When Jurgen Klinsmann signed at Totenham in 1994, there was talk of him diving. Klinsmann recalls that his teammate Teddy Sheringham suggested that he celebrates his first goal for the club with a dive. This time it worked out for the striker. “The humor of the gesture made me popular in England,” he says. At the time, Klinsmann’s celebration caught on for a while, and some never forgot it. Klinsman’s compatriot Lewis Holtby celebrated in similar fashion his first goal for the same club.
“I saw it done so many times,” says Dennis Swills, an amateur player. That February, Swills scored an exceptional solo goal and dived into the mud, but instead of sliding forward, his face hit the ground, causing him a spine injury. Surgery saved him from complete paralysis, but he never returned to the game.
Still, there’s a huge difference between successful or less successful gestures in response to rival fans or the press, and downright offensive gestures. Mark Bosnich didn’t even score a goal – he was a goalkeeper when he showed the Nazi salute at Tottenham, whose fans are associated with the London Jewish community. He later claimed ignorance, saying it was a joke.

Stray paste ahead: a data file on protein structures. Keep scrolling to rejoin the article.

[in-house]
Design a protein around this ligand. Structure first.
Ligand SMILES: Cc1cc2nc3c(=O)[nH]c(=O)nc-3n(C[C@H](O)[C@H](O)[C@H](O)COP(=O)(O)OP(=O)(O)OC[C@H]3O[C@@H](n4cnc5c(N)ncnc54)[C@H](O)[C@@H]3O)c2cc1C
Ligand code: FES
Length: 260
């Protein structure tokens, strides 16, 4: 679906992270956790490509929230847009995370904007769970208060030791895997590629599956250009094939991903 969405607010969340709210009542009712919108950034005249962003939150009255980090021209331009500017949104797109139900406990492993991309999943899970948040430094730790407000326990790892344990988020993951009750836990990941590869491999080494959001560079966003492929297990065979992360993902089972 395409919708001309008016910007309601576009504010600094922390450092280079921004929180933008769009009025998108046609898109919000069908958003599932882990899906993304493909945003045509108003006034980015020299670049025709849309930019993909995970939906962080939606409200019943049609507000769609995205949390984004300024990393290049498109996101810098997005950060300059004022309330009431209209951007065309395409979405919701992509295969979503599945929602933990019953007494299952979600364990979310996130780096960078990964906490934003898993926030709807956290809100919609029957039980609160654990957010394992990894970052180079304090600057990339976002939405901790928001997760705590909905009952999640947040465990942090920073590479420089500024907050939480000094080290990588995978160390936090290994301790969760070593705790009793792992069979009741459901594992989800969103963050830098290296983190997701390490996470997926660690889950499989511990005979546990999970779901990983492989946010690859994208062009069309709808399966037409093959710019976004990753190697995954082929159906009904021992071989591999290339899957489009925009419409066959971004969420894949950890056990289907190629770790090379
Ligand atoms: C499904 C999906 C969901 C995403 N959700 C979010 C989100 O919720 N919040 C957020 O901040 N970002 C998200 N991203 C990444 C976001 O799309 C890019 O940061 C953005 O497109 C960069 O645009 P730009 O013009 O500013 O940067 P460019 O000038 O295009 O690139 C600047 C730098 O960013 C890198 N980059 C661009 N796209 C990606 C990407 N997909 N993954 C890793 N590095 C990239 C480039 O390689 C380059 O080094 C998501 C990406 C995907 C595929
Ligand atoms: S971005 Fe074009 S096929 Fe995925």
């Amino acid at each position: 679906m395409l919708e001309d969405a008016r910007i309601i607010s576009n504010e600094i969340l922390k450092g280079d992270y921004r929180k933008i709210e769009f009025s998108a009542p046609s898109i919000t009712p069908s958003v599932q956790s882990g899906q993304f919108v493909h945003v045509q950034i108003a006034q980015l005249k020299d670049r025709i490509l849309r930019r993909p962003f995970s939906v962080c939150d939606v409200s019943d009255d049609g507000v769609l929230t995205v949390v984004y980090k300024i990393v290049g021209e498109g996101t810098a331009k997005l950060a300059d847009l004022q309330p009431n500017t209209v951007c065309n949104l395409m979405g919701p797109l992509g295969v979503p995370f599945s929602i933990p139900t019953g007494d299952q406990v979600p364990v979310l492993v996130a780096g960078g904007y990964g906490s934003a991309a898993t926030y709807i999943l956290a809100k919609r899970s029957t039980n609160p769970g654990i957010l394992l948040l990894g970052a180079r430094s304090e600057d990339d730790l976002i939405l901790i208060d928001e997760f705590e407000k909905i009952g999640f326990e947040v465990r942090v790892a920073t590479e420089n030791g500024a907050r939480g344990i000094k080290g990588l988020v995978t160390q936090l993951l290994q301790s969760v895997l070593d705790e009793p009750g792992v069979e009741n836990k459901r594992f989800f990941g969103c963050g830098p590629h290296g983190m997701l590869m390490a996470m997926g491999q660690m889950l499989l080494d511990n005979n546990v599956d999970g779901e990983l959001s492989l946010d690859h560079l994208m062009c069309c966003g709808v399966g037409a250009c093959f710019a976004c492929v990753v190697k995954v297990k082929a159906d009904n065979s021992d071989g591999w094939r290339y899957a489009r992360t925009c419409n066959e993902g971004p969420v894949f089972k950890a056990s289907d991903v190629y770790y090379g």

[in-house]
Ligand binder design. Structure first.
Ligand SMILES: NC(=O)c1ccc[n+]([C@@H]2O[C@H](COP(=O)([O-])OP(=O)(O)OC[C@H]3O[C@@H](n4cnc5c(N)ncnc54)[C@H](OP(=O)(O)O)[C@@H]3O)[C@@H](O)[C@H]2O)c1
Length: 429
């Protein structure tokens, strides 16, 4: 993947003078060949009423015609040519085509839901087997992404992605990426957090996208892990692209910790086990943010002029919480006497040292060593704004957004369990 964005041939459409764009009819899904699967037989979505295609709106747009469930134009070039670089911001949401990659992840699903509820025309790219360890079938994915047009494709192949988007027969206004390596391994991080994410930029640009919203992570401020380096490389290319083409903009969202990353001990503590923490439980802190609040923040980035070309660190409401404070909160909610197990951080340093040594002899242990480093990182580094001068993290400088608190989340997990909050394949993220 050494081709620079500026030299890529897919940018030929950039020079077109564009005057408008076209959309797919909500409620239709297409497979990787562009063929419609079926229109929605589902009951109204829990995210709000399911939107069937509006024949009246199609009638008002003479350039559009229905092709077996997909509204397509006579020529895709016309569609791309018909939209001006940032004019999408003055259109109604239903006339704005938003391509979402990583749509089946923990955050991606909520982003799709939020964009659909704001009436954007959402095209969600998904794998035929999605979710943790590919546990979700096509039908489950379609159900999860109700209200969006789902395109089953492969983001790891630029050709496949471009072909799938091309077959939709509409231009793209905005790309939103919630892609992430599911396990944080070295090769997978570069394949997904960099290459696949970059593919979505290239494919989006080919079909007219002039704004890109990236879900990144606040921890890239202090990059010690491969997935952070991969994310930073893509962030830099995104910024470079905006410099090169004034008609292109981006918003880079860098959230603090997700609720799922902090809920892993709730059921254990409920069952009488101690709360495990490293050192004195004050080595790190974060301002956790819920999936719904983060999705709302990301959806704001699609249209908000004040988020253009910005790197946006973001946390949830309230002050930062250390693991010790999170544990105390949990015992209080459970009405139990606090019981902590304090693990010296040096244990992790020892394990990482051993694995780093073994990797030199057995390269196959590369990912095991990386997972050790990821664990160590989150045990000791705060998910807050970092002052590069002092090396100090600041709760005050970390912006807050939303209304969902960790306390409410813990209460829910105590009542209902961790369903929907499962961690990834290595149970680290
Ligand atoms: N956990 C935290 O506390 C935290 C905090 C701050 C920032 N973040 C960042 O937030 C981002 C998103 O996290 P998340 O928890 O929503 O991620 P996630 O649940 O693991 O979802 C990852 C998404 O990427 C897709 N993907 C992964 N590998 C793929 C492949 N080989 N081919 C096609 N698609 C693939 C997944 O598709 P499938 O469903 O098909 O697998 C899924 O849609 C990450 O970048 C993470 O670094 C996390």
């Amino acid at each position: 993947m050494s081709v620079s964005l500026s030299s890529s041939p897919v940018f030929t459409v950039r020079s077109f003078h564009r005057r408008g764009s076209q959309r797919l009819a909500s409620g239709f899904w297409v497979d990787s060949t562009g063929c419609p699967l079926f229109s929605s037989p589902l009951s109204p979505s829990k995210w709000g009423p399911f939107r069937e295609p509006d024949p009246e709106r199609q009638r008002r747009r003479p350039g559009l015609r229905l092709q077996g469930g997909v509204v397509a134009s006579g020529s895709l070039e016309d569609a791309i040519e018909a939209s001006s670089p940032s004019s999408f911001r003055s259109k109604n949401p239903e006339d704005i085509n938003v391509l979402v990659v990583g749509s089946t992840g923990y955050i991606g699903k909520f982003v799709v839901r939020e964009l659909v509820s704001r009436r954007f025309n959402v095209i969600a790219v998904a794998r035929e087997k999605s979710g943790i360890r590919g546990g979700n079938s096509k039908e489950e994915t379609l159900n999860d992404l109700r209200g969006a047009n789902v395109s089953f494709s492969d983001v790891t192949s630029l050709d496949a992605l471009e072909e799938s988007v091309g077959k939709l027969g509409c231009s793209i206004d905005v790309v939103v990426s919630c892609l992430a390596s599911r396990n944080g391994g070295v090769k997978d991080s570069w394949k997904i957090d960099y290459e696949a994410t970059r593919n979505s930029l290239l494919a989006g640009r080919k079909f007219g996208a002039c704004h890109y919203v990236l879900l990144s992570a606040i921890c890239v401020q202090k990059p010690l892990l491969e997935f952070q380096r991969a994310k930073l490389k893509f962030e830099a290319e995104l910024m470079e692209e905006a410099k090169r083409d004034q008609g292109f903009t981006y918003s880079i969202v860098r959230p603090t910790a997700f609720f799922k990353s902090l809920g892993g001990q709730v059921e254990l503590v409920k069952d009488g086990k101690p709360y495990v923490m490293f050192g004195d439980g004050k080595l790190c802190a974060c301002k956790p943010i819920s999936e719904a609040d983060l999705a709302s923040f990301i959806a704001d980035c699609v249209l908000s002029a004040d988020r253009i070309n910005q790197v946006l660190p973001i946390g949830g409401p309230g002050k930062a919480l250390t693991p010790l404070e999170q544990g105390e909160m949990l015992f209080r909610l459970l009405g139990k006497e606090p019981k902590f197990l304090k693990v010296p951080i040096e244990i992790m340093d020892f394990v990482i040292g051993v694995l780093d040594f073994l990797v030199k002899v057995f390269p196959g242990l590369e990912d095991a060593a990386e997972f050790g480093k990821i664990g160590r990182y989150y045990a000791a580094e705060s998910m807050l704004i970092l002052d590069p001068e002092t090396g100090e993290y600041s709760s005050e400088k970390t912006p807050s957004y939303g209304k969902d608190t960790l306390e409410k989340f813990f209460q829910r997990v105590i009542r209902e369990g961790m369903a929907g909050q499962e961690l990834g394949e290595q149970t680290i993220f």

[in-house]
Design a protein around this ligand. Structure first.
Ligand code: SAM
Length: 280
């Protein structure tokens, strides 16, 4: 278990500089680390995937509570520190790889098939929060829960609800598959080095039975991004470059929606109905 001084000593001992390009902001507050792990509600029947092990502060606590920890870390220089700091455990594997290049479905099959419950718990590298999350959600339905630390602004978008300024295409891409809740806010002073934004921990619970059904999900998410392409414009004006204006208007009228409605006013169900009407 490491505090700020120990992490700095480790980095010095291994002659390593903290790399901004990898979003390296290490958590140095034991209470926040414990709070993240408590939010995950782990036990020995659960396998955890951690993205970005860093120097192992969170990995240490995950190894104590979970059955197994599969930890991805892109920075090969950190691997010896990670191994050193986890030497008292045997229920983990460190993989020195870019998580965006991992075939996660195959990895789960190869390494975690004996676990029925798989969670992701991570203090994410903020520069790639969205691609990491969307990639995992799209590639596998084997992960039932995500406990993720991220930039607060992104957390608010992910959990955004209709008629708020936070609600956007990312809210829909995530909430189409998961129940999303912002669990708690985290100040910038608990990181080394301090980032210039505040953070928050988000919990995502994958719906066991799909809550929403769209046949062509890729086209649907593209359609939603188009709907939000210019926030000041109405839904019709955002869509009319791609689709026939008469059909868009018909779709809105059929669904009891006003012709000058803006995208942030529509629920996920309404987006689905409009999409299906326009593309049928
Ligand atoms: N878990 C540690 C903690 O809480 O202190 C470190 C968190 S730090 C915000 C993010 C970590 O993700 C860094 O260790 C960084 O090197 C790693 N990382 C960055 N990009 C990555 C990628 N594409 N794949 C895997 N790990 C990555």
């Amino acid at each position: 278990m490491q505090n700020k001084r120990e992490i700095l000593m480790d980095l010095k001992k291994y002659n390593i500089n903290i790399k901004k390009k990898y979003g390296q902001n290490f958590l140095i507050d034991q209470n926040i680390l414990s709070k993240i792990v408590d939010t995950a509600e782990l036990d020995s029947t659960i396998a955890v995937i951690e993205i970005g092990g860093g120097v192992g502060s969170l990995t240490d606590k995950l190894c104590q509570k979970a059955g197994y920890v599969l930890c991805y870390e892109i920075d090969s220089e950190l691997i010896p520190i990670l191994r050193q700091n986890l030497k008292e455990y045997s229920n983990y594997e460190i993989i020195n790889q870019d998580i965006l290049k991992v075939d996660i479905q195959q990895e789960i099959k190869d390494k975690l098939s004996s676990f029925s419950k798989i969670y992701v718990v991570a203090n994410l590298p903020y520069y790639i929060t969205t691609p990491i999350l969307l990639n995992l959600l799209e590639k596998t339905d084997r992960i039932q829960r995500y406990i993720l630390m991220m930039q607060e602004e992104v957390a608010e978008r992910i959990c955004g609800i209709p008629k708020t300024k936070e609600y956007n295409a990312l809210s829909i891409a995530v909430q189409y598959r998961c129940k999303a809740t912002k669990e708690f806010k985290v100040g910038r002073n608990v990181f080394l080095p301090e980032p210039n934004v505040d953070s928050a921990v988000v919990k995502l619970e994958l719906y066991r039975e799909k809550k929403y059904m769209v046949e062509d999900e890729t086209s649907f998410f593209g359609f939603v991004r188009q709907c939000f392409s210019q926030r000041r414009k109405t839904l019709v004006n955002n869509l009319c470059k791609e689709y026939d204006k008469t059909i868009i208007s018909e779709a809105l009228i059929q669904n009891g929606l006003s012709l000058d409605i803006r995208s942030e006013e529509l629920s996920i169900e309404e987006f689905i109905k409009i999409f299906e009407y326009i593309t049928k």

Paolo Di Canio certainly wasn’t joking when he made the same gesture as a Lazio player. After the infamous event during a Rome derby, Di Canio was quoted as saying that he was “a facist, not a racist.” He later denied this quote, but repeated the gesture in a game against Livorno and said: “I couldn’t avoid it. I’m proud of being the target of people who cannot accept our values.”
Still, when in October Mauricio Pinilla scored the winning goal for Cagliari, shoved past the ushers and broke into the stands, it was purely a soccer sentiment: It was the club’s first home game after 18 months of playing hundreds of kilometers away, following the stadium’s closure. “When you score, you never think of the yellow card,” he said, “you only want to celebrate with the fans.”
On the other hand one can find peaks of nonchalance. Photoshop lovers had a field day earlier this year playing with Thierry Henry leaning peacefully against the goalpost after scoring for the New York Red Bulls. “It meant nothing,” he explained, “I needed a rest and saw the post.” Anelka could probably learn a thing or two from Henry.